Malawi Law Society (MLS) has objected to a proposal that a body outside Parliament should deliberate perks of judges and judicial officers fearing this would jeopardise the separation of powers and independence of the Judiciary.
The Law Society’s fears stem from the pending tabling of a bill, Constitutional (Amendment), to amend Section 114 of the Constitution that salaries of judicial officers should be determined “on the recommendation of the National Remuneration Commission [NRC].”
The NRC will be established through the National Remuneration Commission Bill currently appearing on the Order Paper.
According to Bill no 22, the NRC’s mandate will be to receive and determine remuneration proposals from a public body and also advise government determination of the equivalents of grades and scales.
In a statement released yesterday and co-signed by MLS president Khumbo Soko and secretary Michael Goba Chipeta, the Law Society said since the NRC will be an organ of the Executive with seven of its 11 members appointed by the President, its independence was questionable.
Reads the statement: “It is the view of the Society that the proposed amendment to Section 114 cannot be said to be merely cosmetic. It materially unsettles the scheme carefully put in place by the framers of the Constitution to secure the independence and financial security of judicial officers so as to affect the substance or effect of the Constitution.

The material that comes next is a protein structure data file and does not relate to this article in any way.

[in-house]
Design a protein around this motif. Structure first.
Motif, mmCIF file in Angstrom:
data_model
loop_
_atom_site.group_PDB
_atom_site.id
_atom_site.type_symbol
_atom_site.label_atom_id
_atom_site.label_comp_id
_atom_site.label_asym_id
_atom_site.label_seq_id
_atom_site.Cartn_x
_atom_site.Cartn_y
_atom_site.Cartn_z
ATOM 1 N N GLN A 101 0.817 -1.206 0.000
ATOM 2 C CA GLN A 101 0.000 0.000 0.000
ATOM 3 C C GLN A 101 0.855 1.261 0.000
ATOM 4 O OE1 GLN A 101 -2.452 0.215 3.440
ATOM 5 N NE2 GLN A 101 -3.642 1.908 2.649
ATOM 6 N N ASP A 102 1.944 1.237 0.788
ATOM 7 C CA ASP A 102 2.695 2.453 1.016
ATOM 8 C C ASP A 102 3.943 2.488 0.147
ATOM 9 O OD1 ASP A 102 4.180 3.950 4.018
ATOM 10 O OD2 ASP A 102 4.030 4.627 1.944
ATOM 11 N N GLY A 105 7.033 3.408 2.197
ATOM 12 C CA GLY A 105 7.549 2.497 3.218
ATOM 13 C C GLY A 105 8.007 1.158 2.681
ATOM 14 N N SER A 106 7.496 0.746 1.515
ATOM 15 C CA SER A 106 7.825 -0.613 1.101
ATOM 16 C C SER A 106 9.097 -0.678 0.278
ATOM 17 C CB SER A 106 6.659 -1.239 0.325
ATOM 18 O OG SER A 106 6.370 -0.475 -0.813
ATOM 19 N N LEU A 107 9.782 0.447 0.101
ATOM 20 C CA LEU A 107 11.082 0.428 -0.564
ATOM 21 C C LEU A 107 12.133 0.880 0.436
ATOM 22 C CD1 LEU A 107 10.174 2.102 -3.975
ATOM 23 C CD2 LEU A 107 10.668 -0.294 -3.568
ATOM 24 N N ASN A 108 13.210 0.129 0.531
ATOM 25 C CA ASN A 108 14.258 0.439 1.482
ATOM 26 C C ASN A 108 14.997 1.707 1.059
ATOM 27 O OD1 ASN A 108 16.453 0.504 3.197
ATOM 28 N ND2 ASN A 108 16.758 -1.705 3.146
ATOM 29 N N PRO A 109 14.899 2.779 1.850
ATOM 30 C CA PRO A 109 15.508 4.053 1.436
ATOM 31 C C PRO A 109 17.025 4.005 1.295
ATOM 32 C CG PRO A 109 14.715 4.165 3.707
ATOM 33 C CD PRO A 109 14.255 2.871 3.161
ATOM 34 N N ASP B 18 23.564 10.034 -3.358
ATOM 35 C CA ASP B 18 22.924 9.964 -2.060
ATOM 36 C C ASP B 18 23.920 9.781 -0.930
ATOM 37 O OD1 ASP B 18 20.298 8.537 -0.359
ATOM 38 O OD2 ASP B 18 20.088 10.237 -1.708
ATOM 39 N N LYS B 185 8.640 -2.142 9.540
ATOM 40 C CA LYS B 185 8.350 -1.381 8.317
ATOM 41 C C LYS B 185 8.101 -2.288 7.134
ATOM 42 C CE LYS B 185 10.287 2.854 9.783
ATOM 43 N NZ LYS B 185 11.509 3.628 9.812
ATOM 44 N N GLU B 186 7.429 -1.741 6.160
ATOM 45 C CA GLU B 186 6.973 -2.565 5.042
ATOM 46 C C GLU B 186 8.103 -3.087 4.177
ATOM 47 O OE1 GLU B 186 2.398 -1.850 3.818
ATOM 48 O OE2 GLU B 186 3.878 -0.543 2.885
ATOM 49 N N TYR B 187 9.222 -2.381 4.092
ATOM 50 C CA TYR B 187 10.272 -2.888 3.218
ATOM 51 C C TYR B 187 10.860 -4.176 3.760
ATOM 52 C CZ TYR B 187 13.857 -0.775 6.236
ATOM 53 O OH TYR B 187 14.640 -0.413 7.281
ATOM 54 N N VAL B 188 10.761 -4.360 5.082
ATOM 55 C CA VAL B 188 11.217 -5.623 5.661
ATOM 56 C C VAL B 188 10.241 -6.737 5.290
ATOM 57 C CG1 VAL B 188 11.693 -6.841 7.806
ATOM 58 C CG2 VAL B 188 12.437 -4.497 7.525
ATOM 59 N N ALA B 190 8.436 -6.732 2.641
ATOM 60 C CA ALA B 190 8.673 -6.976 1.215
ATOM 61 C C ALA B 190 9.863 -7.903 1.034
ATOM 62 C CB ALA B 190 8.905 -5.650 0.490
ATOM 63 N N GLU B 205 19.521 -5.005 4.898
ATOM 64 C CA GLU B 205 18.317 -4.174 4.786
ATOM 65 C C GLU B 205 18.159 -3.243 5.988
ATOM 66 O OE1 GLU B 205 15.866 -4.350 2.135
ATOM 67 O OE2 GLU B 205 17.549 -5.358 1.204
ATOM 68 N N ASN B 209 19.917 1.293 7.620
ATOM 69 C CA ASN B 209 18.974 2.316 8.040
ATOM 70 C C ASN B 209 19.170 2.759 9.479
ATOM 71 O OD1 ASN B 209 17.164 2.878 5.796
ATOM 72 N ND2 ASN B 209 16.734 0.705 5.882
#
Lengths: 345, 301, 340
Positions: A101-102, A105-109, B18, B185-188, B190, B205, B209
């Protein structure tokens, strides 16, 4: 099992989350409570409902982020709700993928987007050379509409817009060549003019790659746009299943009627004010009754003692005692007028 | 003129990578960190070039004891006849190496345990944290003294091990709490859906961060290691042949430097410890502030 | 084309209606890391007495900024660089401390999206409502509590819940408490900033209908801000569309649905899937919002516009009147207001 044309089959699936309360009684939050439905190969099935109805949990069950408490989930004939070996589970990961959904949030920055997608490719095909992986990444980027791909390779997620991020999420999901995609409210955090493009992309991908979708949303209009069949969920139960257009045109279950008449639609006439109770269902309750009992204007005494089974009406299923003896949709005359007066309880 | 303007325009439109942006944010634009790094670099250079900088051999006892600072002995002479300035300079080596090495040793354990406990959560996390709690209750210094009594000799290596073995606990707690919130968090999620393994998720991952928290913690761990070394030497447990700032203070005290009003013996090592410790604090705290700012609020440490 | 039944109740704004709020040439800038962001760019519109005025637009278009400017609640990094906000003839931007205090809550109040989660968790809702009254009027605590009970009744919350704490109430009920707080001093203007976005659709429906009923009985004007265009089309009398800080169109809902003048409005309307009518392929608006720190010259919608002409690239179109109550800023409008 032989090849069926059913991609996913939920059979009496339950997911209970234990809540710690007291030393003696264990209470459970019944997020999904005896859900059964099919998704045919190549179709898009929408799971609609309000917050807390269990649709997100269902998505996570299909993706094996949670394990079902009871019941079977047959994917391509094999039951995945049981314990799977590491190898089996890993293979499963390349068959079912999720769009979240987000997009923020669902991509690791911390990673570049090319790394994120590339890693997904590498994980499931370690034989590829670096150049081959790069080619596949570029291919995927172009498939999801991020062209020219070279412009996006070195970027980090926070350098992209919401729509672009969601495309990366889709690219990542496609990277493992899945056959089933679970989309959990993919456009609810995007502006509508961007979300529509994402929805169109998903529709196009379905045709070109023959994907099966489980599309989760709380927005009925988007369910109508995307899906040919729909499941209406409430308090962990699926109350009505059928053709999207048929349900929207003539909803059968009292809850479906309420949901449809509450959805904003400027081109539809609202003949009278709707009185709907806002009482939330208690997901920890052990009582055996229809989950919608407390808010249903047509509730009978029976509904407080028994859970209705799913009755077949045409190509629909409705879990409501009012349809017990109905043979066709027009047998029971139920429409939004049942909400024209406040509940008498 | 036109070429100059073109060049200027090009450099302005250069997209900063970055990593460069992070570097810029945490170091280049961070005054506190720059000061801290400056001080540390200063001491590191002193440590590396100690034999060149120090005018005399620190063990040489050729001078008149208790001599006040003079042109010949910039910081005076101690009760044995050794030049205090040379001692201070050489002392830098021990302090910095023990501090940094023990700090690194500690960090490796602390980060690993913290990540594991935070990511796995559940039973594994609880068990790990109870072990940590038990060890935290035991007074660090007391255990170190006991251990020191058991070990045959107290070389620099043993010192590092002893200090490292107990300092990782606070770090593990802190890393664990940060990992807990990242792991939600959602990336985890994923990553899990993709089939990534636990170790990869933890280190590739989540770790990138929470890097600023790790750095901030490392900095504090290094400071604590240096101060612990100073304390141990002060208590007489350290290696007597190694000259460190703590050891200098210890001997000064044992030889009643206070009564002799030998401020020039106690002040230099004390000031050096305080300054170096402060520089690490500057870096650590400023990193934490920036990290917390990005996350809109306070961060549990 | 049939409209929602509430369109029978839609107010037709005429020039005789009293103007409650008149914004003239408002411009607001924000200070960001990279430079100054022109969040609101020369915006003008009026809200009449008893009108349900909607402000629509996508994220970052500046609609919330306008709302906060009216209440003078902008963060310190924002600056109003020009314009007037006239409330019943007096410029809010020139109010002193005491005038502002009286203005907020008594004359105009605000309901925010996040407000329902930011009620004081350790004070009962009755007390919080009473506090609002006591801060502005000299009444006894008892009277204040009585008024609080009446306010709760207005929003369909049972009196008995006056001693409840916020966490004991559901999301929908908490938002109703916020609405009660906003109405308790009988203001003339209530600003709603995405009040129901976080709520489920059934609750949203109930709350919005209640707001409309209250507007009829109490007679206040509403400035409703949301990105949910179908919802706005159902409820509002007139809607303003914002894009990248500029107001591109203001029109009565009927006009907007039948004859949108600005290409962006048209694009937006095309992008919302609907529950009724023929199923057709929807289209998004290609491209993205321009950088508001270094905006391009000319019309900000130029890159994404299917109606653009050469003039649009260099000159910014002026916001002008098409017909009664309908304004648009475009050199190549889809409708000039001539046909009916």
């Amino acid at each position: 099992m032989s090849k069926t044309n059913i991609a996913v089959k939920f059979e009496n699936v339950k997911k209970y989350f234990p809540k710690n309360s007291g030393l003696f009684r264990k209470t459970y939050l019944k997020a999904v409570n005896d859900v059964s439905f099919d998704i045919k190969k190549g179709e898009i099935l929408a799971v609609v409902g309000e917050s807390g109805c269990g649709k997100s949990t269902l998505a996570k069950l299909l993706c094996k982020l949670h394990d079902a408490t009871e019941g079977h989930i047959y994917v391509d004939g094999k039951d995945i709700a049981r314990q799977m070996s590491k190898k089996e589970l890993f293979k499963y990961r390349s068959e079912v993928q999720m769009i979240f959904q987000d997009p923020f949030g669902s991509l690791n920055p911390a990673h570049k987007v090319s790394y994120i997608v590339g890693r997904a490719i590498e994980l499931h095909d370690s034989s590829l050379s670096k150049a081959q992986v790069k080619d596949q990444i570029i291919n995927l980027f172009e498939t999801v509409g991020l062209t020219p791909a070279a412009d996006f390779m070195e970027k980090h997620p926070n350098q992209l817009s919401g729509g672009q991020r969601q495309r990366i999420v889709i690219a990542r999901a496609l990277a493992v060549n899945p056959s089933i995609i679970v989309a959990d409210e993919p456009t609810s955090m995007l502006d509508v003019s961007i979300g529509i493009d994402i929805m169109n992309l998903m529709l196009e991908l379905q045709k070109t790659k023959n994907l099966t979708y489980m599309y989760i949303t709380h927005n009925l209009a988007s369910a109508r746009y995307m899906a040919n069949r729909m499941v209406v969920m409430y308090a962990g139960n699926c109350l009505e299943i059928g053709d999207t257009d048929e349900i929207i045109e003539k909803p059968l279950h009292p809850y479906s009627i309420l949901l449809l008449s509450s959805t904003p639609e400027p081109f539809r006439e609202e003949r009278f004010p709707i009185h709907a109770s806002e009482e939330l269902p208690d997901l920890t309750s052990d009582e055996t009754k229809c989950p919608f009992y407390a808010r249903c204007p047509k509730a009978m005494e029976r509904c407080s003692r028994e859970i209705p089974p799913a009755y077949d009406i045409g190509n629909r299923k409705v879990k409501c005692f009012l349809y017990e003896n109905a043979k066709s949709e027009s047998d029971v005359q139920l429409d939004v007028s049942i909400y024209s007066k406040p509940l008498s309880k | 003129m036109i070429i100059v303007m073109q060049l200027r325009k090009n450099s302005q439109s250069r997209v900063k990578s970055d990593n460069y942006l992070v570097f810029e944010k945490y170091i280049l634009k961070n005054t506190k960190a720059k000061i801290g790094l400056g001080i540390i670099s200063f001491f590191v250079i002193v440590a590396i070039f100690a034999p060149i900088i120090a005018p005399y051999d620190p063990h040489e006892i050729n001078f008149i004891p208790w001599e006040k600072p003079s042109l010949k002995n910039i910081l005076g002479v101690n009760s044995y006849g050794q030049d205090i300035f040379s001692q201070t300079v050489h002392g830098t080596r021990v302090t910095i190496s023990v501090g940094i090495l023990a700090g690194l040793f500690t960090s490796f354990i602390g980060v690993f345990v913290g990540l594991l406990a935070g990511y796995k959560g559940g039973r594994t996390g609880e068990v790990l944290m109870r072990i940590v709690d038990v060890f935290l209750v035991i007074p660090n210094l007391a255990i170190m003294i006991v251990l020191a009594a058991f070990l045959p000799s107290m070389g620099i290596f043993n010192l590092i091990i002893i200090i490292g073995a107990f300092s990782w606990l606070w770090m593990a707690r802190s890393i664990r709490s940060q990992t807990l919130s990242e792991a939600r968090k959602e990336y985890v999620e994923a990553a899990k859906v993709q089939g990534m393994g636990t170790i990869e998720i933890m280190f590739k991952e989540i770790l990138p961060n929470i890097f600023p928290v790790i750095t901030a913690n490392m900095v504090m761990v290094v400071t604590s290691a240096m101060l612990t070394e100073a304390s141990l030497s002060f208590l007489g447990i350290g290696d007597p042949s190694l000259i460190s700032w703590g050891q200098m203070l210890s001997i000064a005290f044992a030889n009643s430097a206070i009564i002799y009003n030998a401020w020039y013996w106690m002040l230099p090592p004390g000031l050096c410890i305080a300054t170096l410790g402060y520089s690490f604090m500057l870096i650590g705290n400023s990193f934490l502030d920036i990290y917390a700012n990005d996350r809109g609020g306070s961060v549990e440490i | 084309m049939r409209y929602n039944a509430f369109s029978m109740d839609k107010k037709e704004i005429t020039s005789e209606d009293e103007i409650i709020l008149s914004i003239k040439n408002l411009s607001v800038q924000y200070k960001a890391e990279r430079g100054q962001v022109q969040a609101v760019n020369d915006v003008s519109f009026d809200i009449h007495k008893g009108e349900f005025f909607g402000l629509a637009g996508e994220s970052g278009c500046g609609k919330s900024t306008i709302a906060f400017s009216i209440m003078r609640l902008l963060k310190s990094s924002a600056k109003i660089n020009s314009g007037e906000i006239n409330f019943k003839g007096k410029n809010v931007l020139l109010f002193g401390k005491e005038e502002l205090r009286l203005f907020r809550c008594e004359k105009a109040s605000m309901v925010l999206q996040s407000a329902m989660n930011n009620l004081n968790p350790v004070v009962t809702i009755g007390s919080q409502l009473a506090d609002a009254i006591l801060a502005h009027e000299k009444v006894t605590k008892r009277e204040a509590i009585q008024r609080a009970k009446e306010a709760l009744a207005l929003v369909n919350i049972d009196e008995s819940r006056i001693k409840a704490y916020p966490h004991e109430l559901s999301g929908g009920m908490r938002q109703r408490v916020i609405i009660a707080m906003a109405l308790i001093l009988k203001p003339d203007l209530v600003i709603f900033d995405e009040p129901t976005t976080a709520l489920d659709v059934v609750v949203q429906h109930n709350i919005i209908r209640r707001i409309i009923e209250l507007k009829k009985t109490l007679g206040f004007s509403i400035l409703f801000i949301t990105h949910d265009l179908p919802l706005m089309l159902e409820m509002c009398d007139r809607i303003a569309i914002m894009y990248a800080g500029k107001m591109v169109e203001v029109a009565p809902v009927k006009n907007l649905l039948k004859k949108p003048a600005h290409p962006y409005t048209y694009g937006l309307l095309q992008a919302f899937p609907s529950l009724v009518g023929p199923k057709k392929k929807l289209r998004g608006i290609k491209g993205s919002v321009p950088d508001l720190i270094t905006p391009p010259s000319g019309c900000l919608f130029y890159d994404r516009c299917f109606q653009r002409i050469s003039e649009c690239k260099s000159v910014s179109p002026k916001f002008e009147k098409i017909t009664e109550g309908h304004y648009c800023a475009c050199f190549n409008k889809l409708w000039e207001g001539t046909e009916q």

“This nation, rather sadly, is not short of examples of constitutional and statutory offices that have been guaranteed operational independence under law, but which in reality or at the very least in appearance do not enjoy such independence.”
He said MLS feared that the process of making recommendations to Parliament on perks of the judicial officers would open the judiciary up to improper influences.
Additionally, in objecting to the amendment, MLS states that there would be need for a national referendum because the change would affect the substance of the Constitution.
Section 114 is listed in the schedule to the Constitution as one that can only be amended by Parliament after a national referendum or subject to the Speaker certifying that the amendment would not affect the substance of the Constitution.
However, Civil Servants Trade Union (CSTU) has countered that the bill was drafted to look into salary disparities of public servants including judicial officers.
“This bill promotes harmonisation of salaries and remove disparities amongst public servants. The good thing is that the commission will comprise all three arms of the government,” CSTU general secretary Madalitso Njolomole said.
The bill has been in development since 2012 taking on various names among them Public Service Remuneration Board Bill.